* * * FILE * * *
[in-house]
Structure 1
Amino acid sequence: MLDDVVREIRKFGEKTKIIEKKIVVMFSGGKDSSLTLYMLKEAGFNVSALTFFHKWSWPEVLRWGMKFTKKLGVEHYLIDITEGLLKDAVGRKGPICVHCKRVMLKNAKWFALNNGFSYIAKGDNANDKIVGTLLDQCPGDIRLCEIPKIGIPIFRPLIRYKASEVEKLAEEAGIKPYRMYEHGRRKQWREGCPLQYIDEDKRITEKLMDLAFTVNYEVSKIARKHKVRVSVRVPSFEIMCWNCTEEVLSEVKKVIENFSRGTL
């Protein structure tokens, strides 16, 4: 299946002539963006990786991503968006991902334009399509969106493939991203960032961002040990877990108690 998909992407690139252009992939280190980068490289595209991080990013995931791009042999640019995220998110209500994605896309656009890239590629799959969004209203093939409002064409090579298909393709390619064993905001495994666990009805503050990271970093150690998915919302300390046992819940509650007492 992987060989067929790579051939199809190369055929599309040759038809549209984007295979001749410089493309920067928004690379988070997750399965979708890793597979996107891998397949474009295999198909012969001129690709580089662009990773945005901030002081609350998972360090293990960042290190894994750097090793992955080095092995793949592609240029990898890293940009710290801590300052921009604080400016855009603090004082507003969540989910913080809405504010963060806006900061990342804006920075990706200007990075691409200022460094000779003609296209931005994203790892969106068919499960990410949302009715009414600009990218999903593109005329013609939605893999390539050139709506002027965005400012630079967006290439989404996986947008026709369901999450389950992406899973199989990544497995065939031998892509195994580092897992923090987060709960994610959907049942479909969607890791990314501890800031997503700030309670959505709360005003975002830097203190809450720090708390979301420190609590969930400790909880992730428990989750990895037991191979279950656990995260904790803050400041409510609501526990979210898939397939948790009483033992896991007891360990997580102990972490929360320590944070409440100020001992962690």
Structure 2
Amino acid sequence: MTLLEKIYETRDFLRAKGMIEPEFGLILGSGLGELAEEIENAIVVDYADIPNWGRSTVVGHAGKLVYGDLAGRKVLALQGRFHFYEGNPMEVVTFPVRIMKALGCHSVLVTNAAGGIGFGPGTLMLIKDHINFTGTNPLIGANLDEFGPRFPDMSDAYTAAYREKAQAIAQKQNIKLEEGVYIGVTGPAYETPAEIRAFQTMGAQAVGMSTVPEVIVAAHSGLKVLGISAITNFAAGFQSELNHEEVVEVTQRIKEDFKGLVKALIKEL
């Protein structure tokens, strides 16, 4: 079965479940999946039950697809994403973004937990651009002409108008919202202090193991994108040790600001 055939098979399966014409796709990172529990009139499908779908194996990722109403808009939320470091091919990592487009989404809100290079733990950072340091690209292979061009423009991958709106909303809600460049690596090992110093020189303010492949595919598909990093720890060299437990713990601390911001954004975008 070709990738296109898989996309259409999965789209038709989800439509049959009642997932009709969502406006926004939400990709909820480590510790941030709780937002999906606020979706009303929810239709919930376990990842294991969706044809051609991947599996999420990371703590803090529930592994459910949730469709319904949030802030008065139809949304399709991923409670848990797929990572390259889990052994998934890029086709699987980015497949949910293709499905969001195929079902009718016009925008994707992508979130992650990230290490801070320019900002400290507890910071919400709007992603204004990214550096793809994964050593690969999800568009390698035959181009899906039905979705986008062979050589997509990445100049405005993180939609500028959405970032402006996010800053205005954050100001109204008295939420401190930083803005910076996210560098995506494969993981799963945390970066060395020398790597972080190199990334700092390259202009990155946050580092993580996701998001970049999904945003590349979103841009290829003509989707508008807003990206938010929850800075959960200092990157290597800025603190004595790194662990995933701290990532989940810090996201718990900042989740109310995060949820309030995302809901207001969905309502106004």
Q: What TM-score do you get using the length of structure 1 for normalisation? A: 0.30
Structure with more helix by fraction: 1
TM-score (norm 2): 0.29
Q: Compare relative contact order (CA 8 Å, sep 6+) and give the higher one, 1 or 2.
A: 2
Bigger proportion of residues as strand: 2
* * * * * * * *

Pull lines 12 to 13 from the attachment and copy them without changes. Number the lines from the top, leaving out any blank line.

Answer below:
A: 2
Bigger proportion of residues as strand: 2